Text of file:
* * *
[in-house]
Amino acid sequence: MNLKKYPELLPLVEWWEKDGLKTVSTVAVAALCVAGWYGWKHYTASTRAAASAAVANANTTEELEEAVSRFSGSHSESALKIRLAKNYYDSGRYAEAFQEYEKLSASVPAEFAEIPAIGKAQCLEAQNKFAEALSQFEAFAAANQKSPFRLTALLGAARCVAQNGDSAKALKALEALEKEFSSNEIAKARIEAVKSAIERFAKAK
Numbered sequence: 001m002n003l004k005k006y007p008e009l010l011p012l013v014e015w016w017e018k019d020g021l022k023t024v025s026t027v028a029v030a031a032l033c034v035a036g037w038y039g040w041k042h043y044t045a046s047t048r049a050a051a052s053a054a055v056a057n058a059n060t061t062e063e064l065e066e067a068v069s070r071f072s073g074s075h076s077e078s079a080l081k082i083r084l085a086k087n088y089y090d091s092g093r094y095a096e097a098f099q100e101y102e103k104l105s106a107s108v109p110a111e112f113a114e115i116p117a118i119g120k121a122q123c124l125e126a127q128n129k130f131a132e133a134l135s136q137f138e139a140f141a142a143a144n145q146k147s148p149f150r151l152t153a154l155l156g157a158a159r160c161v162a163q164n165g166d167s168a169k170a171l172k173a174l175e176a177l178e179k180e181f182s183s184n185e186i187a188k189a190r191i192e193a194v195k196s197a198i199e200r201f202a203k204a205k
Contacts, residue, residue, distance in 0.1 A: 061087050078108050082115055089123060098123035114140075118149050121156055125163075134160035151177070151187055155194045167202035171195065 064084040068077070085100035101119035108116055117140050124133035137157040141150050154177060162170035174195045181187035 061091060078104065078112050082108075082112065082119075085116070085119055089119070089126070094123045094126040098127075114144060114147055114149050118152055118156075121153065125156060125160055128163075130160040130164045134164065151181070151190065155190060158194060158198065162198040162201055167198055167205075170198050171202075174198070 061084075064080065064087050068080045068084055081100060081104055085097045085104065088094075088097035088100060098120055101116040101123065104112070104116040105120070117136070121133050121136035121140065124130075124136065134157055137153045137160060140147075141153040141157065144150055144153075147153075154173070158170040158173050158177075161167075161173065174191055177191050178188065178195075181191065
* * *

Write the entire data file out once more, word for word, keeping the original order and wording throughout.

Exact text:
[in-house]
Amino acid sequence: MNLKKYPELLPLVEWWEKDGLKTVSTVAVAALCVAGWYGWKHYTASTRAAASAAVANANTTEELEEAVSRFSGSHSESALKIRLAKNYYDSGRYAEAFQEYEKLSASVPAEFAEIPAIGKAQCLEAQNKFAEALSQFEAFAAANQKSPFRLTALLGAARCVAQNGDSAKALKALEALEKEFSSNEIAKARIEAVKSAIERFAKAK
Numbered sequence: 001m002n003l004k005k006y007p008e009l010l011p012l013v014e015w016w017e018k019d020g021l022k023t024v025s026t027v028a029v030a031a032l033c034v035a036g037w038y039g040w041k042h043y044t045a046s047t048r049a050a051a052s053a054a055v056a057n058a059n060t061t062e063e064l065e066e067a068v069s070r071f072s073g074s075h076s077e078s079a080l081k082i083r084l085a086k087n088y089y090d091s092g093r094y095a096e097a098f099q100e101y102e103k104l105s106a107s108v109p110a111e112f113a114e115i116p117a118i119g120k121a122q123c124l125e126a127q128n129k130f131a132e133a134l135s136q137f138e139a140f141a142a143a144n145q146k147s148p149f150r151l152t153a154l155l156g157a158a159r160c161v162a163q164n165g166d167s168a169k170a171l172k173a174l175e176a177l178e179k180e181f182s183s184n185e186i187a188k189a190r191i192e193a194v195k196s197a198i199e200r201f202a203k204a205k
Contacts, residue, residue, distance in 0.1 A: 061087050078108050082115055089123060098123035114140075118149050121156055125163075134160035151177070151187055155194045167202035171195065 064084040068077070085100035101119035108116055117140050124133035137157040141150050154177060162170035174195045181187035 061091060078104065078112050082108075082112065082119075085116070085119055089119070089126070094123045094126040098127075114144060114147055114149050118152055118156075121153065125156060125160055128163075130160040130164045134164065151181070151190065155190060158194060158198065162198040162201055167198055167205075170198050171202075174198070 061084075064080065064087050068080045068084055081100060081104055085097045085104065088094075088097035088100060098120055101116040101123065104112070104116040105120070117136070121133050121136035121140065124130075124136065134157055137153045137160060140147075141153040141157065144150055144153075147153075154173070158170040158173050158177075161167075161173065174191055177191050178188065178195075181191065